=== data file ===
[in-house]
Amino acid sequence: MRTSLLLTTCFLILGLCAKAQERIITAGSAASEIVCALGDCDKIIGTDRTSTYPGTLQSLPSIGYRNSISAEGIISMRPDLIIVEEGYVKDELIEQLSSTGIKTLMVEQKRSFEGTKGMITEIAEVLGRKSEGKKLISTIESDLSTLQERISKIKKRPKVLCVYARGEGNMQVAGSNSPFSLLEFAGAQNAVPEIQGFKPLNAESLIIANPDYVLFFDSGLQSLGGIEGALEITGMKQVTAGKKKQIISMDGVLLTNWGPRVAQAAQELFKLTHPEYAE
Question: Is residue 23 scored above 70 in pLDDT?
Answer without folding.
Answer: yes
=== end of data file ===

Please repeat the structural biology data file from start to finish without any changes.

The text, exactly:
[in-house]
Amino acid sequence: MRTSLLLTTCFLILGLCAKAQERIITAGSAASEIVCALGDCDKIIGTDRTSTYPGTLQSLPSIGYRNSISAEGIISMRPDLIIVEEGYVKDELIEQLSSTGIKTLMVEQKRSFEGTKGMITEIAEVLGRKSEGKKLISTIESDLSTLQERISKIKKRPKVLCVYARGEGNMQVAGSNSPFSLLEFAGAQNAVPEIQGFKPLNAESLIIANPDYVLFFDSGLQSLGGIEGALEITGMKQVTAGKKKQIISMDGVLLTNWGPRVAQAAQELFKLTHPEYAE
Question: Is residue 23 scored above 70 in pLDDT?
Answer without folding.
Answer: yes